Sheriff uses military Humvee to save stranded drivers - KWES NewsWest 9 / Midland, Odessa, Big Spring, TX: |

Sheriff uses military Humvee to save stranded drivers

(PHOTO: FOX19/ Lisa Hutson) (PHOTO: FOX19/ Lisa Hutson)
ADAMS COUNTY, OH (FOX19) - Plows and salt can do a lot of the work but in some places in the Tri-State, like Adams County, emergency crews need a little extra help to fight the snowy conditions. Surplus military vehicles came to the rescue.

They are not your typical sheriff's office vehicles but Adams County Sheriff Kimmy Rogers said last year in difficult winter storms they can save lives. It turns out, he was right.

"We've got one vehicle off the road here,” said Deputy Jason Daniels on a steep hill in West Union Ohio Monday afternoon.

A pickup truck pulling a trailer had traveled down the snowy road too fast sliding into a ditch five-feet below. A truck in a ditch isn't unusual in Adams County, but a deputy coming to a driver's aid in a military Humvee certainly is.

A deputy tried to respond to the accident was stuck at the bottom of the hill in a 2-wheel drive police cruiser. In August 2014 while describing the need for police agencies to have military grade vehicles, Sheriff Kimmy Rogers predicted this exact situation.

"You can look at this road we are driving right now. Imagine middle of winter. 6 inches of snow on this road with no four wheel drive vehicle,” said Sheriff Rogers.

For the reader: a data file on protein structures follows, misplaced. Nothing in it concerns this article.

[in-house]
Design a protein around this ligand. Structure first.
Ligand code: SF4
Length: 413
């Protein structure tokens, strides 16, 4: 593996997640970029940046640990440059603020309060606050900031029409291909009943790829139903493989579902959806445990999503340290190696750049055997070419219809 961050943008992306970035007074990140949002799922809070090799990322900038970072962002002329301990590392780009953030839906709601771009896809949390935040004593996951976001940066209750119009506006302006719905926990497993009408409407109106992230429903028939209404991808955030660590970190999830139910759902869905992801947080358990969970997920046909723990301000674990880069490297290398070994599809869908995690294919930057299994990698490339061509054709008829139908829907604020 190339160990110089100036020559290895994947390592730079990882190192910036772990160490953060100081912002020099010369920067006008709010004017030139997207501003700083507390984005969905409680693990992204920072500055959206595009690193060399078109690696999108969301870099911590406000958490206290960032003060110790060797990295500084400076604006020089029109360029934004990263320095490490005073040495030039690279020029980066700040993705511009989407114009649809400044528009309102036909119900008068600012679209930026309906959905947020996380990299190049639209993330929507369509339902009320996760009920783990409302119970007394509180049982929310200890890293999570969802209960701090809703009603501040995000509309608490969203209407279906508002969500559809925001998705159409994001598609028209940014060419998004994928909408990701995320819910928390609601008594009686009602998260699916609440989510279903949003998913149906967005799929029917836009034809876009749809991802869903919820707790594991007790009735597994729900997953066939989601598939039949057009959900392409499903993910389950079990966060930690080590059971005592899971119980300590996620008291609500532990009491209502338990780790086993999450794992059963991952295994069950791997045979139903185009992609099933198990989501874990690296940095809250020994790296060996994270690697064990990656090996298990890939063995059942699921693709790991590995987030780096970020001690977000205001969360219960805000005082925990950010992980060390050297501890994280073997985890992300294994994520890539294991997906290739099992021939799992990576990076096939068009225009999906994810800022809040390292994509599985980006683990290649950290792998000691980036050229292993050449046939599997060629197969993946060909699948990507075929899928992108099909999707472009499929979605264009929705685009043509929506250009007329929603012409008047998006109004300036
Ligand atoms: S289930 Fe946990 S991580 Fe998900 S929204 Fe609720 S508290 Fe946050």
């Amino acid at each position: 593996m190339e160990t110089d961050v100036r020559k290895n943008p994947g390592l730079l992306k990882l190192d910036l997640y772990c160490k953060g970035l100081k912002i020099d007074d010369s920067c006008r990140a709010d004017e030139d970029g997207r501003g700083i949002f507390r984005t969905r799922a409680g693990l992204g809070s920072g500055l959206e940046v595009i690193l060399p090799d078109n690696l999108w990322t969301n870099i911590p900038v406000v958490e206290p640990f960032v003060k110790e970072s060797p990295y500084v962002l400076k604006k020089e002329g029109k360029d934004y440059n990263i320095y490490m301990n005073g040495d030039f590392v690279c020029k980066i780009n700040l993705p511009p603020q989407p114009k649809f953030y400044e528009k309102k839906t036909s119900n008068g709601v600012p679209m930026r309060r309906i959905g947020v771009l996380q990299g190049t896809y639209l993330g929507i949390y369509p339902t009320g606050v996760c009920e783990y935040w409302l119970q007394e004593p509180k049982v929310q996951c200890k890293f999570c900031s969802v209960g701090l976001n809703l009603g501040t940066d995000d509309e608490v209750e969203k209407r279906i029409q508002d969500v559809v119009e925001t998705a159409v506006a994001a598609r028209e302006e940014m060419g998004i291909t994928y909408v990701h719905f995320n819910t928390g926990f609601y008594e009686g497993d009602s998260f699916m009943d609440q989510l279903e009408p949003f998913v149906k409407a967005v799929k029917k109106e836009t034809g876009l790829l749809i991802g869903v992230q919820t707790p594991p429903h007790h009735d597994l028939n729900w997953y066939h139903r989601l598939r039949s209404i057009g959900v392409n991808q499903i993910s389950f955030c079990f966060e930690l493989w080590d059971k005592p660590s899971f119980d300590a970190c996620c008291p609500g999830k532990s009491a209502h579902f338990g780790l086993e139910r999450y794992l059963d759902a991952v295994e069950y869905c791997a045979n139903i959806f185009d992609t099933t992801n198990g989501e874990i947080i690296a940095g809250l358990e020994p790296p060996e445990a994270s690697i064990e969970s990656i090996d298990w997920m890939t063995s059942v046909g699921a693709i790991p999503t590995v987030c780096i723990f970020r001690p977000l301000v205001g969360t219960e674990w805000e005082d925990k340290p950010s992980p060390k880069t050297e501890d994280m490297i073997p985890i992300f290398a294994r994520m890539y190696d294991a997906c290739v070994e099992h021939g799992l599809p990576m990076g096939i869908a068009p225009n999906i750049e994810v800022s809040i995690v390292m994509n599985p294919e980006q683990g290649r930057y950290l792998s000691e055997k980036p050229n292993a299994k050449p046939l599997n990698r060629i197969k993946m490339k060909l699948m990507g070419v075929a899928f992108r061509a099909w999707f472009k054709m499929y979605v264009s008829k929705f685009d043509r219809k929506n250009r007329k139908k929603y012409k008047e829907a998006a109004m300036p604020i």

According to Rogers, Adams County has some of the toughest rural terrain in the state making it difficult for crews to respond in an emergency in inclement weather.

The military Humvee came from a government surplus program provided through the Department of Defense. After a scale back in operations in Afghanistan and Iraq, the military began selling the equipment for cheap or giving it away to police agencies. It's one of two military vehicles Adams County owns.

While it does garner some attention, Deputy Jason Daniels said it is a vital piece of equipment helping them respond faster and safer to emergency calls.

"It's important for us to get there before the squad gets there and we have to have a vehicle that can actually make it,” said Daniels.

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